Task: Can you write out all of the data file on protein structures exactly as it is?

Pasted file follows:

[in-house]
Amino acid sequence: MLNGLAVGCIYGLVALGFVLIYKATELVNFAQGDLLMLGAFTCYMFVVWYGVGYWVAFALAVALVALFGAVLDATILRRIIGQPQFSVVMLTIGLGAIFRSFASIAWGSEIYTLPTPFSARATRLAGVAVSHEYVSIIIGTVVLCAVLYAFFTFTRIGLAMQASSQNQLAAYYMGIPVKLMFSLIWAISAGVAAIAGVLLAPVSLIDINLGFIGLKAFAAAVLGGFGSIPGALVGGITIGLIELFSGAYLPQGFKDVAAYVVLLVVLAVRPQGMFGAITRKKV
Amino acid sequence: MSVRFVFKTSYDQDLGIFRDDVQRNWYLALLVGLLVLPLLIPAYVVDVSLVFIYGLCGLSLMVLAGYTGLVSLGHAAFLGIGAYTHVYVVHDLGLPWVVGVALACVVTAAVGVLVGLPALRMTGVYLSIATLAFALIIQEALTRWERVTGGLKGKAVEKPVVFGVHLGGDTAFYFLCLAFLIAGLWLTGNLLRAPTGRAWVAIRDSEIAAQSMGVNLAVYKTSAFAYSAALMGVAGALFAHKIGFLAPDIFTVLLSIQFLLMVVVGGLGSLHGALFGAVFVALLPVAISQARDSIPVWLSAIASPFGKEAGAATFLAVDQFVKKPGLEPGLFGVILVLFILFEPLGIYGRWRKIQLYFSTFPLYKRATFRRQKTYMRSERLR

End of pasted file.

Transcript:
[in-house]
Amino acid sequence: MLNGLAVGCIYGLVALGFVLIYKATELVNFAQGDLLMLGAFTCYMFVVWYGVGYWVAFALAVALVALFGAVLDATILRRIIGQPQFSVVMLTIGLGAIFRSFASIAWGSEIYTLPTPFSARATRLAGVAVSHEYVSIIIGTVVLCAVLYAFFTFTRIGLAMQASSQNQLAAYYMGIPVKLMFSLIWAISAGVAAIAGVLLAPVSLIDINLGFIGLKAFAAAVLGGFGSIPGALVGGITIGLIELFSGAYLPQGFKDVAAYVVLLVVLAVRPQGMFGAITRKKV
Amino acid sequence: MSVRFVFKTSYDQDLGIFRDDVQRNWYLALLVGLLVLPLLIPAYVVDVSLVFIYGLCGLSLMVLAGYTGLVSLGHAAFLGIGAYTHVYVVHDLGLPWVVGVALACVVTAAVGVLVGLPALRMTGVYLSIATLAFALIIQEALTRWERVTGGLKGKAVEKPVVFGVHLGGDTAFYFLCLAFLIAGLWLTGNLLRAPTGRAWVAIRDSEIAAQSMGVNLAVYKTSAFAYSAALMGVAGALFAHKIGFLAPDIFTVLLSIQFLLMVVVGGLGSLHGALFGAVFVALLPVAISQARDSIPVWLSAIASPFGKEAGAATFLAVDQFVKKPGLEPGLFGVILVLFILFEPLGIYGRWRKIQLYFSTFPLYKRATFRRQKTYMRSERLR